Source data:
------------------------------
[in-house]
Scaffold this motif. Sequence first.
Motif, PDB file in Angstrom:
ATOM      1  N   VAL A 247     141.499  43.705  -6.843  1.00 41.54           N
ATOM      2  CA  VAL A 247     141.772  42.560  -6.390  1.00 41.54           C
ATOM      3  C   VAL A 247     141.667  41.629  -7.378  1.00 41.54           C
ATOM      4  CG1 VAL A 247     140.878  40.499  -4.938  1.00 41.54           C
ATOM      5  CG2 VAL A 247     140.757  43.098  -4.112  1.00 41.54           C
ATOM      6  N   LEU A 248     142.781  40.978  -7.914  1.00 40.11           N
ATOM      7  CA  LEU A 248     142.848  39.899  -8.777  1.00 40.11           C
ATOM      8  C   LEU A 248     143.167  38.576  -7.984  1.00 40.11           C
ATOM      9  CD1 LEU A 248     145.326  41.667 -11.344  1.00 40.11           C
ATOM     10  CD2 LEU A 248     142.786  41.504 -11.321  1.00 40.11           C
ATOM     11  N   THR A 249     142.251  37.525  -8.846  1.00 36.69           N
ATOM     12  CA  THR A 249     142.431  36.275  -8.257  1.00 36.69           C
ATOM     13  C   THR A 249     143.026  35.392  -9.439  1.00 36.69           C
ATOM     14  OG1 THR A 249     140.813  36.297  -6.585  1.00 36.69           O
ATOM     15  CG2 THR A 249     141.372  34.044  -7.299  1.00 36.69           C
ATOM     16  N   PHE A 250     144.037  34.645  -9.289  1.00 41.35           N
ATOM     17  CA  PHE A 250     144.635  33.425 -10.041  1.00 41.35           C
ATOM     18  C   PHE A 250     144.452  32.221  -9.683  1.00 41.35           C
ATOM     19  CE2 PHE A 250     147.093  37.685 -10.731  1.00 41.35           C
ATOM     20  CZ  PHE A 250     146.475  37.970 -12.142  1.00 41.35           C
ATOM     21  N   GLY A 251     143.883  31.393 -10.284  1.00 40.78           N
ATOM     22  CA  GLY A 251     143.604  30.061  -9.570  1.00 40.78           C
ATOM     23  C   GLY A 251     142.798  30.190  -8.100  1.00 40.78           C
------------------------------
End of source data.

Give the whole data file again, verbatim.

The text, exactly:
[in-house]
Scaffold this motif. Sequence first.
Motif, PDB file in Angstrom:
ATOM      1  N   VAL A 247     141.499  43.705  -6.843  1.00 41.54           N
ATOM      2  CA  VAL A 247     141.772  42.560  -6.390  1.00 41.54           C
ATOM      3  C   VAL A 247     141.667  41.629  -7.378  1.00 41.54           C
ATOM      4  CG1 VAL A 247     140.878  40.499  -4.938  1.00 41.54           C
ATOM      5  CG2 VAL A 247     140.757  43.098  -4.112  1.00 41.54           C
ATOM      6  N   LEU A 248     142.781  40.978  -7.914  1.00 40.11           N
ATOM      7  CA  LEU A 248     142.848  39.899  -8.777  1.00 40.11           C
ATOM      8  C   LEU A 248     143.167  38.576  -7.984  1.00 40.11           C
ATOM      9  CD1 LEU A 248     145.326  41.667 -11.344  1.00 40.11           C
ATOM     10  CD2 LEU A 248     142.786  41.504 -11.321  1.00 40.11           C
ATOM     11  N   THR A 249     142.251  37.525  -8.846  1.00 36.69           N
ATOM     12  CA  THR A 249     142.431  36.275  -8.257  1.00 36.69           C
ATOM     13  C   THR A 249     143.026  35.392  -9.439  1.00 36.69           C
ATOM     14  OG1 THR A 249     140.813  36.297  -6.585  1.00 36.69           O
ATOM     15  CG2 THR A 249     141.372  34.044  -7.299  1.00 36.69           C
ATOM     16  N   PHE A 250     144.037  34.645  -9.289  1.00 41.35           N
ATOM     17  CA  PHE A 250     144.635  33.425 -10.041  1.00 41.35           C
ATOM     18  C   PHE A 250     144.452  32.221  -9.683  1.00 41.35           C
ATOM     19  CE2 PHE A 250     147.093  37.685 -10.731  1.00 41.35           C
ATOM     20  CZ  PHE A 250     146.475  37.970 -12.142  1.00 41.35           C
ATOM     21  N   GLY A 251     143.883  31.393 -10.284  1.00 40.78           N
ATOM     22  CA  GLY A 251     143.604  30.061  -9.570  1.00 40.78           C
ATOM     23  C   GLY A 251     142.798  30.190  -8.100  1.00 40.78           C